From this we gather that our whole (1) was the entire flag, and the pieces were the fractions. It may seem like a small detail, but I would argue one of the major problems kids have with fractions is determining what the whole is.

Next, I mixed it up a little and put a green piece in the middle of one of the red sections. Now, what fraction of the flag was red?

They got to work in groups. Within a minute or so, somebody asked the key question, how big is the green piece? I had left out this out because I wanted them to realize this piece of information was missing, and to ask for it. Once they had this piece, a couple of groups came up with different solutions to the problem.

2/3 (red) - 1/8 (green) = 13/24 (or just over half)

1/3 - 1/8 = 5/24

5/24 + 1/3 = 13/24

A couple of the groups got

*caught in an assumption*. I see this so often with young kids and math. They look at something, and it makes sense, so they keep going, never revisiting the assumption that everything else is based on. One group saw the lime green piece and assumed that it was 1/3 of the red piece. Therefore, there are 3 lime green pieces that could fit, so 3/8. 3/8 + 1/3 = 17/24.The math was done right, but logic was sound, but the underlying assumption was incorrect. The lime green piece is NOT 1/3 of the red. 1/9 would be. Interesting how visuals can impact our assumption, because it does LOOK like 1/3. The difference between 1/8 and 1/9 is small, but when you start calculating, it makes a big difference.

**2) Solve your own**In groups, I gave them their own flag that I had constructed.

Their task was to show me what fraction each color was (including the pink in the background). During this phase I heard some great conversation about fractions. Some of them were hard. They had difficulty with colors that were inside colors. For example, not everybody realized that when finding the pink in the picture above, you don't need to subtract off the lime green or the purple inside, because those were inside the 1/3.

So, for the pink you are left with

1 - 1/3 - 2/12 = 1/2

An interesting representation of a half.

**3) Make your own**The last step was to make your own.

However, you had to be able to solve it before you gave it to another group. They came up with some interesting designs, but they stayed away from the hard bits, like when pieces are overlaid on top of each other. One of the youngest students in the class came up with a way to lay a 1/4 piece on top of a 1/2 piece where 1/2 of the 1/4 was on the 1/2 and the other 1/2 was outside the 1/2. Since 1/2 of 1/4 is 1/8, to find the blue section you would subtract 1/2 - 1/8, which means there is 3/8 left. The other side would be the same, because 1/2 and 1/2 equal the whole. Got it? Without context that sentence is hard to understand, but when he explained it, in almost those exact terms, with the visual, it made complete sense. Rich language.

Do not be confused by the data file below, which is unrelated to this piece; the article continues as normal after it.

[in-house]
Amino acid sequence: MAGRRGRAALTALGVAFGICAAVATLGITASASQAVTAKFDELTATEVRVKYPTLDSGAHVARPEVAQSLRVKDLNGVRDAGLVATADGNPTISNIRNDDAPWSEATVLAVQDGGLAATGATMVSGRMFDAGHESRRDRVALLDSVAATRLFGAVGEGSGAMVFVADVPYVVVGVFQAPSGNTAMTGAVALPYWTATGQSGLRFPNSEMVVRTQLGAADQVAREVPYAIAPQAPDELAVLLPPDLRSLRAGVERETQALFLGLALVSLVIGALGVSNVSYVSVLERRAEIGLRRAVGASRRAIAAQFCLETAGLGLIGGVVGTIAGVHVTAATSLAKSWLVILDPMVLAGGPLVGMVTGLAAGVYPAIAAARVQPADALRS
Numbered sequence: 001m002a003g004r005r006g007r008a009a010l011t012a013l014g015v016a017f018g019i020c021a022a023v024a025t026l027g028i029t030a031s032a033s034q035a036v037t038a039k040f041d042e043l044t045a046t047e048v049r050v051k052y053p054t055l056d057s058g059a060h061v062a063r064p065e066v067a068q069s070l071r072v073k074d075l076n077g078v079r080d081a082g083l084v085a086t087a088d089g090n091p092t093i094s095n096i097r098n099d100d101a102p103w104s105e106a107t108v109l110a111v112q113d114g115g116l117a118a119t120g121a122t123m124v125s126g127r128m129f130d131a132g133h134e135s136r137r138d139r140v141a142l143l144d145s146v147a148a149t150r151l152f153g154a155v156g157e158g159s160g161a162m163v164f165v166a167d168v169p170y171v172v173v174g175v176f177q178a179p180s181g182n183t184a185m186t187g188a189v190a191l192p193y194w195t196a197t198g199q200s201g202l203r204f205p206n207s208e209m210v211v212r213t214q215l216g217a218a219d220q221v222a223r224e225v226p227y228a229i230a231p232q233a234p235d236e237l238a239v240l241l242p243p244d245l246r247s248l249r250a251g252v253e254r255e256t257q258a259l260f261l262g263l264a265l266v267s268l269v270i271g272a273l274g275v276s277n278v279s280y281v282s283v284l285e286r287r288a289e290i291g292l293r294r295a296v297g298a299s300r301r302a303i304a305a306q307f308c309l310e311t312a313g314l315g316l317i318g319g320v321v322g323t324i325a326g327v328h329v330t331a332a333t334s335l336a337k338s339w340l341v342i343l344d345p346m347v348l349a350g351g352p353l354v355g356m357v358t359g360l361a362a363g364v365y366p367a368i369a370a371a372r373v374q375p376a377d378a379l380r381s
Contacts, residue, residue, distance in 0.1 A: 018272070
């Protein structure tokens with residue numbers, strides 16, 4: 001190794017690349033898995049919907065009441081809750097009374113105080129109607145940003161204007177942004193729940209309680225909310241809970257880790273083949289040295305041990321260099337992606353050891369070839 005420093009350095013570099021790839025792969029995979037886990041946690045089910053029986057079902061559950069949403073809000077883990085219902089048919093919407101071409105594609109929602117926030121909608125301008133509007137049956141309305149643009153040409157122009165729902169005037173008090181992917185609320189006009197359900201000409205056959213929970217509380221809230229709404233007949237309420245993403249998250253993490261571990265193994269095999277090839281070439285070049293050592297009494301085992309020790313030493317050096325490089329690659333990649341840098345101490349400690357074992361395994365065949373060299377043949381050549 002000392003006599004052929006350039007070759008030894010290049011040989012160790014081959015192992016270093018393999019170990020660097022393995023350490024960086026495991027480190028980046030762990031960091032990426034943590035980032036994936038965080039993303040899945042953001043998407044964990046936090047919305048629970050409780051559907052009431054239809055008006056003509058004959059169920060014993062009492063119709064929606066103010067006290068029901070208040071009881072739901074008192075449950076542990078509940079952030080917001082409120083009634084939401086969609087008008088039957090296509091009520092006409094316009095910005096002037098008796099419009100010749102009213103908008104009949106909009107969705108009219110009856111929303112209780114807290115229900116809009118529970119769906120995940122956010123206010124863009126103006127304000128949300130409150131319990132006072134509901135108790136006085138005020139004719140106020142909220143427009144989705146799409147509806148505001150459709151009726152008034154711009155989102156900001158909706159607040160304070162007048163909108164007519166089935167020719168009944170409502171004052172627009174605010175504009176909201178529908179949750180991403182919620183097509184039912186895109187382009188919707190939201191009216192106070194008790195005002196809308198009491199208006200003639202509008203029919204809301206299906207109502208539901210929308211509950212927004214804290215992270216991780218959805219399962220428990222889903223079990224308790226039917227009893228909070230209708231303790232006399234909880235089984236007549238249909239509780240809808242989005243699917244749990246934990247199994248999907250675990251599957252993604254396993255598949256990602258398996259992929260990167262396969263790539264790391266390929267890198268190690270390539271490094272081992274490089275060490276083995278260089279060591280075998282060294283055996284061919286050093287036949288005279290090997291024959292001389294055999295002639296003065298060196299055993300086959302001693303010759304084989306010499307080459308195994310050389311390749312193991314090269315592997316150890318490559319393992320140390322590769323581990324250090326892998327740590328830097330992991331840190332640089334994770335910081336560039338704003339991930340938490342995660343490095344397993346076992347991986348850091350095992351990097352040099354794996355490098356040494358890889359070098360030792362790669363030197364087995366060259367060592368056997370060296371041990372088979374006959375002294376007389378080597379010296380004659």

One group got stuck on this:

How would you solve this? If a 1/12 piece is laid over top of another 1/12 piece, how much is the total?

They figured it out by measurement. They measured the area of the whole piece of paper, then measured the area of the plus shape, then subtracted it off.

I wonder if there is a way to do it through fractions?

**Thoughts**In the original article, this activity was preceded by the kids making their own fraction kits with construction paper. I wonder if this experience would have been embodied in them and helped them to understand the fractions more holistically? The only reason they

*know*that the purple pieces are 1/12 is that*I*told them. Perhaps, if they had figured out how to get 1/12 from the original piece of paper, they would have had a better sense of the purple pieces 1/12ness?Also, and I always struggle with this, did I do it backwards? Should I have started with them constructing their own, and then built up to collective explanations? I admit that I sometimes do it one way, and sometimes do it the other. Start with the play and they turn it into the object. Or start with the object and then play with it. I don't know.

What would you have done differently?

Craig, what a stroke of genius. Usually when teaching math gets tedious or I feel like it's going over the kids head, I usually let them play around some online math games like this one I've linked. It does get hard to keep an entire class engaged this way though. The idea of a making your own kit is great. Did you try this activity again? Were the results different?